Construction costs rose again in March, according to IHS Markit and the Procurement Executives Group (PEG). The current headline IHS Markit PEG Engineering and Construction Cost Index registered 57.8, down 1.1 points compared to February. Both the materials/equipment and labor sub-indexes were above 50, indicating rising prices.
Materials/equipment prices rose at a slightly faster pace in March, with the index posting a 59.4 figure, up from the February figure of 57.4. Prices were up in 11 of the 12 categories; the only category to register lower prices was turbines, as heat exchangers and pumps and compressors rebounded above the neutral threshold. The previous month’s large gains in transformers and electrical equipment categories were met with lower figures in March, though they remained above 50. The three steel categories – fabricated structural steel, carbon steel pipe, and alloy steel pipe – posted the largest gains for the month.
“Steel prices surged on the announcement of Section 232 tariffs, with current prices in the United States rivaling or exceeding 2011 levels, the second highest ever recorded,” said John Anton, associate director – Pricing and Purchasing, IHS Markit. “Increased production will provide partial price relief late this year. In 2019 prices will be near 2006-2014 levels, which is 20 to 25 percent above 2015-2017 ranges.”
Current subcontractor labor indexes experienced broad declines in March, registering 54.0, down from 62.2 in February. Labor costs were up in all regions in the United States except in the Midwest, where subcontractor labor prices were unchanged. After increasing in February, labor costs were unchanged in both Eastern and Western Canada in March.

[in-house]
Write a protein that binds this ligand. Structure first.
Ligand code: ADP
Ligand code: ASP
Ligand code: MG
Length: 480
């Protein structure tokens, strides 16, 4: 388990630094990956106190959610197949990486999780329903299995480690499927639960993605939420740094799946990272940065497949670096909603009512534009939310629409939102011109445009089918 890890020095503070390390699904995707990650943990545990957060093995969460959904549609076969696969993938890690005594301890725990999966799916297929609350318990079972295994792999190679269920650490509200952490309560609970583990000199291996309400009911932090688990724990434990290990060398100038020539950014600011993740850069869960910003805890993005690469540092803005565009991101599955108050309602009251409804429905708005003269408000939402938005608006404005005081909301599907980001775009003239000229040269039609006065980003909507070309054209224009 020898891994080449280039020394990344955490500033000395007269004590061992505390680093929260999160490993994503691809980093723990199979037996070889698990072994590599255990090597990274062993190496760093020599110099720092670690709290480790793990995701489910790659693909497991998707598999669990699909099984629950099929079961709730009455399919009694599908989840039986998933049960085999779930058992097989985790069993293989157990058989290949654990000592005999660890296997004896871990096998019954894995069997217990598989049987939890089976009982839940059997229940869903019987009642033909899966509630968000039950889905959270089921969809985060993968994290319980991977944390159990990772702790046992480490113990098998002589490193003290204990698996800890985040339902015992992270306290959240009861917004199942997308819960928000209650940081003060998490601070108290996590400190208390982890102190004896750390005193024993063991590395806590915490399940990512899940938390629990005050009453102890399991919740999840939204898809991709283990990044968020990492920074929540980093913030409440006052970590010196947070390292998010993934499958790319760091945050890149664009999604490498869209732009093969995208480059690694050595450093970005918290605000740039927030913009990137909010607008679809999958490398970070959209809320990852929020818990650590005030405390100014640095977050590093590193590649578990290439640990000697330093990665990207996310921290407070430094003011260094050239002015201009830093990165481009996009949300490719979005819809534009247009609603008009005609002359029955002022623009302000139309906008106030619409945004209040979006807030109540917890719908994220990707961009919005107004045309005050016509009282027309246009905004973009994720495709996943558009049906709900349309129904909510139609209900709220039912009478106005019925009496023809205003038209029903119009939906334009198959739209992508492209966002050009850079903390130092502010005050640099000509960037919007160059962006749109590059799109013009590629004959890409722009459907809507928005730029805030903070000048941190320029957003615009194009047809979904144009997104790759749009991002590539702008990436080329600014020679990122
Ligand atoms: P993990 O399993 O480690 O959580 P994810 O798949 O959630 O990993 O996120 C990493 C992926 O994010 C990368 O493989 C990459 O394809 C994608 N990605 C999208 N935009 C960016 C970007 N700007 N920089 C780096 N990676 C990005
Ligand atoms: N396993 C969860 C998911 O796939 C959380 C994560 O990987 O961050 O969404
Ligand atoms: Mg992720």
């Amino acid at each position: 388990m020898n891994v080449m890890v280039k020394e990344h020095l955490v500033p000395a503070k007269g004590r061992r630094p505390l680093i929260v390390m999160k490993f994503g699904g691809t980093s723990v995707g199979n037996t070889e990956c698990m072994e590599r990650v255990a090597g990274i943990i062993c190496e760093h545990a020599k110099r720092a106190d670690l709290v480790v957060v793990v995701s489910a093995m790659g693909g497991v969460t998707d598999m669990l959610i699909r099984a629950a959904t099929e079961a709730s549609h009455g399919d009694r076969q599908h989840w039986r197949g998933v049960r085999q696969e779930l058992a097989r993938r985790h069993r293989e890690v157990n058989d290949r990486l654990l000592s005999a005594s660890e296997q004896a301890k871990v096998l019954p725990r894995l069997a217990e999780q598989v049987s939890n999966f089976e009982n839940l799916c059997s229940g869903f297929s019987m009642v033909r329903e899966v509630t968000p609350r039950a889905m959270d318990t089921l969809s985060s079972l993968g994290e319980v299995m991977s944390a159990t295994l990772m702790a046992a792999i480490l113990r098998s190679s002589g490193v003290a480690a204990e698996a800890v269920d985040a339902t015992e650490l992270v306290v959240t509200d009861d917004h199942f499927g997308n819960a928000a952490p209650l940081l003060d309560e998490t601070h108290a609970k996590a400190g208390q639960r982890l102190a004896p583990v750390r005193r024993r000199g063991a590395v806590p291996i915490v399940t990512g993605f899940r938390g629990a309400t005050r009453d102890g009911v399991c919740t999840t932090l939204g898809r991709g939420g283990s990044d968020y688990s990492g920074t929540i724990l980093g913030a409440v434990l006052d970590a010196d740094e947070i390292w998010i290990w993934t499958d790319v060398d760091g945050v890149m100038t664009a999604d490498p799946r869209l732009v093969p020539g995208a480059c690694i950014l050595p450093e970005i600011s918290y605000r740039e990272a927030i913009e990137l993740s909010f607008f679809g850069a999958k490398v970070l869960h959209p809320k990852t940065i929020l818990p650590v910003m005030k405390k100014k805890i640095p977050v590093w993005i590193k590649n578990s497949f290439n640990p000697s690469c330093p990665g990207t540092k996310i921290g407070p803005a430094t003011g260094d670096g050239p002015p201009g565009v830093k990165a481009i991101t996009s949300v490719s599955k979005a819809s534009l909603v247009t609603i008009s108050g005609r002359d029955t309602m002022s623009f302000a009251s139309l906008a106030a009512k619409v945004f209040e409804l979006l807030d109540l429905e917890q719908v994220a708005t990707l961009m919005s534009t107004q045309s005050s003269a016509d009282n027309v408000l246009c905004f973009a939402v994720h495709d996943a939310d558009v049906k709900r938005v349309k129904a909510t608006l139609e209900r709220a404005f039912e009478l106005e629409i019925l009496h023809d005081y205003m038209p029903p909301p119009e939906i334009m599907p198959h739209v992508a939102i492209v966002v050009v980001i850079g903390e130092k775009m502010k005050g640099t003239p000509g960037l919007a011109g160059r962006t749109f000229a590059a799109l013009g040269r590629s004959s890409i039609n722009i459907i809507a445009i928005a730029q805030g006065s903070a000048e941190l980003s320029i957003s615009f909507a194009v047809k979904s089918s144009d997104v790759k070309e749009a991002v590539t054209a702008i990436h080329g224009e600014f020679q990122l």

The six-month headline expectations index recorded another month of increasing prices: the index moved down 3.8 points from February but remains high at 69.4. The materials/equipment index remains elevated at 73.5, posting a slight gain from February’s reading of 73.3. Expectations for future price increases were widespread, with index figures for every component well above neutral. Price expectations for sub-contractor labor came in at 59.8, a sharp decline from 73.2 in February. However, labor costs are expected to rise in all regions of the United States and Canada.
In the survey comments, respondents indicated an outlook for increased activity in 2018. They also highlighted concerns about the impact of tariffs on steel prices.